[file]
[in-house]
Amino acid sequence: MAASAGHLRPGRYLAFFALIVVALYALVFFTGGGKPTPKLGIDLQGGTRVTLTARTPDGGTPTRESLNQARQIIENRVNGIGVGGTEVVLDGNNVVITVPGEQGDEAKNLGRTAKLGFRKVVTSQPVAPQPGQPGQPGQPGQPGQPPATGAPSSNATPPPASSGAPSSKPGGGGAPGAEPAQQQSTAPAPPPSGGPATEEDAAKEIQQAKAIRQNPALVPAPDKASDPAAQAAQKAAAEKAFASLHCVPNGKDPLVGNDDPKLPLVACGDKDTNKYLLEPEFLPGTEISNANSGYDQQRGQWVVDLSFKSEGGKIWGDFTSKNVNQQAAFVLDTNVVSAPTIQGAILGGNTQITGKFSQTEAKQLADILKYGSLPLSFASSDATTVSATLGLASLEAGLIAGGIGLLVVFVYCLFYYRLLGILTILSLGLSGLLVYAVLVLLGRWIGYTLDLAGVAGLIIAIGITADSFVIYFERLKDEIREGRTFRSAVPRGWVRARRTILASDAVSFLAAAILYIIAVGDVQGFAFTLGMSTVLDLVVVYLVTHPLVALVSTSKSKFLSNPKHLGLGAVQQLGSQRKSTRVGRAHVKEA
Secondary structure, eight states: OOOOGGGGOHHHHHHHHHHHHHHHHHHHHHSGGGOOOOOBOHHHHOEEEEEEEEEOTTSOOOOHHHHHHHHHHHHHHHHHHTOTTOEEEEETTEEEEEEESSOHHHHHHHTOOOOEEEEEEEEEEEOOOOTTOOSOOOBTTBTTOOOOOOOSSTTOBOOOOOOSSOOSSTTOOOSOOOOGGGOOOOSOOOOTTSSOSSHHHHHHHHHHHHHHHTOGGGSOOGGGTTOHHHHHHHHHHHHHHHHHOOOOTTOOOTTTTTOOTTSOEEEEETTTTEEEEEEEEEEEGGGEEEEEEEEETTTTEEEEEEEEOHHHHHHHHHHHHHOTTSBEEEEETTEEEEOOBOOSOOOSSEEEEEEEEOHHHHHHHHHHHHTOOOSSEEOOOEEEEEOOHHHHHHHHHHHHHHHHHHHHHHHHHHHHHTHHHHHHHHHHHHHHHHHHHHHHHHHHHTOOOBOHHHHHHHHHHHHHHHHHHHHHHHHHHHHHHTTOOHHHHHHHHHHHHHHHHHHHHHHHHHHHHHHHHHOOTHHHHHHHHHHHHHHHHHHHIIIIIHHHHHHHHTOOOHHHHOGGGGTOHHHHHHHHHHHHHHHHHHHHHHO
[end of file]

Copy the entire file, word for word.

[in-house]
Amino acid sequence: MAASAGHLRPGRYLAFFALIVVALYALVFFTGGGKPTPKLGIDLQGGTRVTLTARTPDGGTPTRESLNQARQIIENRVNGIGVGGTEVVLDGNNVVITVPGEQGDEAKNLGRTAKLGFRKVVTSQPVAPQPGQPGQPGQPGQPGQPPATGAPSSNATPPPASSGAPSSKPGGGGAPGAEPAQQQSTAPAPPPSGGPATEEDAAKEIQQAKAIRQNPALVPAPDKASDPAAQAAQKAAAEKAFASLHCVPNGKDPLVGNDDPKLPLVACGDKDTNKYLLEPEFLPGTEISNANSGYDQQRGQWVVDLSFKSEGGKIWGDFTSKNVNQQAAFVLDTNVVSAPTIQGAILGGNTQITGKFSQTEAKQLADILKYGSLPLSFASSDATTVSATLGLASLEAGLIAGGIGLLVVFVYCLFYYRLLGILTILSLGLSGLLVYAVLVLLGRWIGYTLDLAGVAGLIIAIGITADSFVIYFERLKDEIREGRTFRSAVPRGWVRARRTILASDAVSFLAAAILYIIAVGDVQGFAFTLGMSTVLDLVVVYLVTHPLVALVSTSKSKFLSNPKHLGLGAVQQLGSQRKSTRVGRAHVKEA
Secondary structure, eight states: OOOOGGGGOHHHHHHHHHHHHHHHHHHHHHSGGGOOOOOBOHHHHOEEEEEEEEEOTTSOOOOHHHHHHHHHHHHHHHHHHTOTTOEEEEETTEEEEEEESSOHHHHHHHTOOOOEEEEEEEEEEEOOOOTTOOSOOOBTTBTTOOOOOOOSSTTOBOOOOOOSSOOSSTTOOOSOOOOGGGOOOOSOOOOTTSSOSSHHHHHHHHHHHHHHHTOGGGSOOGGGTTOHHHHHHHHHHHHHHHHHOOOOTTOOOTTTTTOOTTSOEEEEETTTTEEEEEEEEEEEGGGEEEEEEEEETTTTEEEEEEEEOHHHHHHHHHHHHHOTTSBEEEEETTEEEEOOBOOSOOOSSEEEEEEEEOHHHHHHHHHHHHTOOOSSEEOOOEEEEEOOHHHHHHHHHHHHHHHHHHHHHHHHHHHHHTHHHHHHHHHHHHHHHHHHHHHHHHHHHTOOOBOHHHHHHHHHHHHHHHHHHHHHHHHHHHHHHTTOOHHHHHHHHHHHHHHHHHHHHHHHHHHHHHHHHHOOTHHHHHHHHHHHHHHHHHHHIIIIIHHHHHHHHTOOOHHHHOGGGGTOHHHHHHHHHHHHHHHHHHHHHHO